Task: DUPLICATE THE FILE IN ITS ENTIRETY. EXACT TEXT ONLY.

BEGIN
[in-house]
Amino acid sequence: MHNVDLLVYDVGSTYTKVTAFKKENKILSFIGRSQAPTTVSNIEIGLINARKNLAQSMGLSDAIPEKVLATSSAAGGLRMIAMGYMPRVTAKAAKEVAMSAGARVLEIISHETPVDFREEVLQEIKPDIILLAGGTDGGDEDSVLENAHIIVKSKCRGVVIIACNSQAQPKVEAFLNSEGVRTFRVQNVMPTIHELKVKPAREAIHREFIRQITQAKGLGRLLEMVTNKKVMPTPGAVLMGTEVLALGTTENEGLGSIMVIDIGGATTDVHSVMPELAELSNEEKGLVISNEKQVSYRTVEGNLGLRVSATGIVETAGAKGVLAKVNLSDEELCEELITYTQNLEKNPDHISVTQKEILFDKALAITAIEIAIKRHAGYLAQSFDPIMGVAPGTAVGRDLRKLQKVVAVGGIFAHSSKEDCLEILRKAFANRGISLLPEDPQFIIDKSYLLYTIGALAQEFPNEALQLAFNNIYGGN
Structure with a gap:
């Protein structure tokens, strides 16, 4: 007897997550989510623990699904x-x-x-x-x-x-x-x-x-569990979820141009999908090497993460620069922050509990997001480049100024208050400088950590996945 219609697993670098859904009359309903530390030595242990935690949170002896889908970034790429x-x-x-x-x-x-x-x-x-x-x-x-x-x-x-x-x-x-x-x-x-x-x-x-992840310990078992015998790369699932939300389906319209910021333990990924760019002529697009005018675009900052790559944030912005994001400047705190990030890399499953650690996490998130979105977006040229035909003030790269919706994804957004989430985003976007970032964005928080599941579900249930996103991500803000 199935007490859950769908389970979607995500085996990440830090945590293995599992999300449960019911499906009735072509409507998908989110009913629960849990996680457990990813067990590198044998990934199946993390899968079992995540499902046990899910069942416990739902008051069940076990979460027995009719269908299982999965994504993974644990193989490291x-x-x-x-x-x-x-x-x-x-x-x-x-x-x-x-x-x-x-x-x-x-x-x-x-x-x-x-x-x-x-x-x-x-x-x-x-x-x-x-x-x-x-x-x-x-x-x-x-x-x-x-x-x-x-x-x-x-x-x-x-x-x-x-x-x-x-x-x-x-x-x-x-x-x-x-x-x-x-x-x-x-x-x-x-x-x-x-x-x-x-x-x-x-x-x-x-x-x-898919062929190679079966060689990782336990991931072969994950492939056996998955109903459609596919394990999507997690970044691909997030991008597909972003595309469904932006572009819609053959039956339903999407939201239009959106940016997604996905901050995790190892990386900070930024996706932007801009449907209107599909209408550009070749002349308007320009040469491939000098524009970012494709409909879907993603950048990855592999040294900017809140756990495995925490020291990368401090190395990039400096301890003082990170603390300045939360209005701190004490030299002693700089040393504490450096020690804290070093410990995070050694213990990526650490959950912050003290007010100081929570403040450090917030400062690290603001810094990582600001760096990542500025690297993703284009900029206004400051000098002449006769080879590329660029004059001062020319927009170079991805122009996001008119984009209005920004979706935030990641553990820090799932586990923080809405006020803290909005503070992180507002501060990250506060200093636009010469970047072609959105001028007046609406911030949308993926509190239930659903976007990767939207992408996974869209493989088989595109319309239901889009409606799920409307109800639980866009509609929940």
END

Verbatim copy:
[in-house]
Amino acid sequence: MHNVDLLVYDVGSTYTKVTAFKKENKILSFIGRSQAPTTVSNIEIGLINARKNLAQSMGLSDAIPEKVLATSSAAGGLRMIAMGYMPRVTAKAAKEVAMSAGARVLEIISHETPVDFREEVLQEIKPDIILLAGGTDGGDEDSVLENAHIIVKSKCRGVVIIACNSQAQPKVEAFLNSEGVRTFRVQNVMPTIHELKVKPAREAIHREFIRQITQAKGLGRLLEMVTNKKVMPTPGAVLMGTEVLALGTTENEGLGSIMVIDIGGATTDVHSVMPELAELSNEEKGLVISNEKQVSYRTVEGNLGLRVSATGIVETAGAKGVLAKVNLSDEELCEELITYTQNLEKNPDHISVTQKEILFDKALAITAIEIAIKRHAGYLAQSFDPIMGVAPGTAVGRDLRKLQKVVAVGGIFAHSSKEDCLEILRKAFANRGISLLPEDPQFIIDKSYLLYTIGALAQEFPNEALQLAFNNIYGGN
Structure with a gap:
């Protein structure tokens, strides 16, 4: 007897997550989510623990699904x-x-x-x-x-x-x-x-x-569990979820141009999908090497993460620069922050509990997001480049100024208050400088950590996945 219609697993670098859904009359309903530390030595242990935690949170002896889908970034790429x-x-x-x-x-x-x-x-x-x-x-x-x-x-x-x-x-x-x-x-x-x-x-x-992840310990078992015998790369699932939300389906319209910021333990990924760019002529697009005018675009900052790559944030912005994001400047705190990030890399499953650690996490998130979105977006040229035909003030790269919706994804957004989430985003976007970032964005928080599941579900249930996103991500803000 199935007490859950769908389970979607995500085996990440830090945590293995599992999300449960019911499906009735072509409507998908989110009913629960849990996680457990990813067990590198044998990934199946993390899968079992995540499902046990899910069942416990739902008051069940076990979460027995009719269908299982999965994504993974644990193989490291x-x-x-x-x-x-x-x-x-x-x-x-x-x-x-x-x-x-x-x-x-x-x-x-x-x-x-x-x-x-x-x-x-x-x-x-x-x-x-x-x-x-x-x-x-x-x-x-x-x-x-x-x-x-x-x-x-x-x-x-x-x-x-x-x-x-x-x-x-x-x-x-x-x-x-x-x-x-x-x-x-x-x-x-x-x-x-x-x-x-x-x-x-x-x-x-x-x-x-898919062929190679079966060689990782336990991931072969994950492939056996998955109903459609596919394990999507997690970044691909997030991008597909972003595309469904932006572009819609053959039956339903999407939201239009959106940016997604996905901050995790190892990386900070930024996706932007801009449907209107599909209408550009070749002349308007320009040469491939000098524009970012494709409909879907993603950048990855592999040294900017809140756990495995925490020291990368401090190395990039400096301890003082990170603390300045939360209005701190004490030299002693700089040393504490450096020690804290070093410990995070050694213990990526650490959950912050003290007010100081929570403040450090917030400062690290603001810094990582600001760096990542500025690297993703284009900029206004400051000098002449006769080879590329660029004059001062020319927009170079991805122009996001008119984009209005920004979706935030990641553990820090799932586990923080809405006020803290909005503070992180507002501060990250506060200093636009010469970047072609959105001028007046609406911030949308993926509190239930659903976007990767939207992408996974869209493989088989595109319309239901889009409606799920409307109800639980866009509609929940």